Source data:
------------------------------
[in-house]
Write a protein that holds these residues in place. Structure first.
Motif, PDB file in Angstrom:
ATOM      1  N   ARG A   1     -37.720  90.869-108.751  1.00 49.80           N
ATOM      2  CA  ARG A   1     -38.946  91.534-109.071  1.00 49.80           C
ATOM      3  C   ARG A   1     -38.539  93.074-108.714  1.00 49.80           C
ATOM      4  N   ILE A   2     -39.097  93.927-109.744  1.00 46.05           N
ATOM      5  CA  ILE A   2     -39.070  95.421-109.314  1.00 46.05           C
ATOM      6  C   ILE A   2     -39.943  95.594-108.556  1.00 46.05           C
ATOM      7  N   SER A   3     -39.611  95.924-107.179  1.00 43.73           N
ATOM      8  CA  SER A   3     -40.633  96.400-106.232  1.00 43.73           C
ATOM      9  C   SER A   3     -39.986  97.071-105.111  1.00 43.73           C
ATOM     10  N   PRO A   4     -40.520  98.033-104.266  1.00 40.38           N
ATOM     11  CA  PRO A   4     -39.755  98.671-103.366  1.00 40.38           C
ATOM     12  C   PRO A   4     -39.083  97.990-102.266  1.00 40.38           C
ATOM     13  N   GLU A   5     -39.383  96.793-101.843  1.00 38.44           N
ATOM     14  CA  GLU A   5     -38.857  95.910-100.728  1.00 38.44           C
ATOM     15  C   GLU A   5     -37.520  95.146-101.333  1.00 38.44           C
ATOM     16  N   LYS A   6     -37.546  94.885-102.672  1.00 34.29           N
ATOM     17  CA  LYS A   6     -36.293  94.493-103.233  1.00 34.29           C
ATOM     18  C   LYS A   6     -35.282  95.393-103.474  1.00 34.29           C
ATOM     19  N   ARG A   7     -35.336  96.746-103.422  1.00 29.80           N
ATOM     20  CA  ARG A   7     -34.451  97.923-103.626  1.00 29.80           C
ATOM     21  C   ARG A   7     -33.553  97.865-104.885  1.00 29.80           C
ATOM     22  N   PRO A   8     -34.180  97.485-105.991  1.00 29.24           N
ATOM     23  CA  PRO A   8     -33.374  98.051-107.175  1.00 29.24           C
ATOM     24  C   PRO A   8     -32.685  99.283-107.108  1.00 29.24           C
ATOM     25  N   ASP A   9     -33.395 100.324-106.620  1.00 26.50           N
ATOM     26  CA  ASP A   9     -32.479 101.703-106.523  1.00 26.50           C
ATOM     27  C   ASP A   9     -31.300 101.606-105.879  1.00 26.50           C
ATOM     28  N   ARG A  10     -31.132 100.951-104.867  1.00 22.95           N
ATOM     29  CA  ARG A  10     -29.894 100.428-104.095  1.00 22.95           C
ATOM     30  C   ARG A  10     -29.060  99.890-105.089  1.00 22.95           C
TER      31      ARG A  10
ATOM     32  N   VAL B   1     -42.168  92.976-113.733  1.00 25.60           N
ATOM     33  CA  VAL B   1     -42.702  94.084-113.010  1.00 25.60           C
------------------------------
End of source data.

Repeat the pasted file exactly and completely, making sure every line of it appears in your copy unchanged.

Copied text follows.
[in-house]
Write a protein that holds these residues in place. Structure first.
Motif, PDB file in Angstrom:
ATOM      1  N   ARG A   1     -37.720  90.869-108.751  1.00 49.80           N
ATOM      2  CA  ARG A   1     -38.946  91.534-109.071  1.00 49.80           C
ATOM      3  C   ARG A   1     -38.539  93.074-108.714  1.00 49.80           C
ATOM      4  N   ILE A   2     -39.097  93.927-109.744  1.00 46.05           N
ATOM      5  CA  ILE A   2     -39.070  95.421-109.314  1.00 46.05           C
ATOM      6  C   ILE A   2     -39.943  95.594-108.556  1.00 46.05           C
ATOM      7  N   SER A   3     -39.611  95.924-107.179  1.00 43.73           N
ATOM      8  CA  SER A   3     -40.633  96.400-106.232  1.00 43.73           C
ATOM      9  C   SER A   3     -39.986  97.071-105.111  1.00 43.73           C
ATOM     10  N   PRO A   4     -40.520  98.033-104.266  1.00 40.38           N
ATOM     11  CA  PRO A   4     -39.755  98.671-103.366  1.00 40.38           C
ATOM     12  C   PRO A   4     -39.083  97.990-102.266  1.00 40.38           C
ATOM     13  N   GLU A   5     -39.383  96.793-101.843  1.00 38.44           N
ATOM     14  CA  GLU A   5     -38.857  95.910-100.728  1.00 38.44           C
ATOM     15  C   GLU A   5     -37.520  95.146-101.333  1.00 38.44           C
ATOM     16  N   LYS A   6     -37.546  94.885-102.672  1.00 34.29           N
ATOM     17  CA  LYS A   6     -36.293  94.493-103.233  1.00 34.29           C
ATOM     18  C   LYS A   6     -35.282  95.393-103.474  1.00 34.29           C
ATOM     19  N   ARG A   7     -35.336  96.746-103.422  1.00 29.80           N
ATOM     20  CA  ARG A   7     -34.451  97.923-103.626  1.00 29.80           C
ATOM     21  C   ARG A   7     -33.553  97.865-104.885  1.00 29.80           C
ATOM     22  N   PRO A   8     -34.180  97.485-105.991  1.00 29.24           N
ATOM     23  CA  PRO A   8     -33.374  98.051-107.175  1.00 29.24           C
ATOM     24  C   PRO A   8     -32.685  99.283-107.108  1.00 29.24           C
ATOM     25  N   ASP A   9     -33.395 100.324-106.620  1.00 26.50           N
ATOM     26  CA  ASP A   9     -32.479 101.703-106.523  1.00 26.50           C
ATOM     27  C   ASP A   9     -31.300 101.606-105.879  1.00 26.50           C
ATOM     28  N   ARG A  10     -31.132 100.951-104.867  1.00 22.95           N
ATOM     29  CA  ARG A  10     -29.894 100.428-104.095  1.00 22.95           C
ATOM     30  C   ARG A  10     -29.060  99.890-105.089  1.00 22.95           C
TER      31      ARG A  10
ATOM     32  N   VAL B   1     -42.168  92.976-113.733  1.00 25.60           N
ATOM     33  CA  VAL B   1     -42.702  94.084-113.010  1.00 25.60           C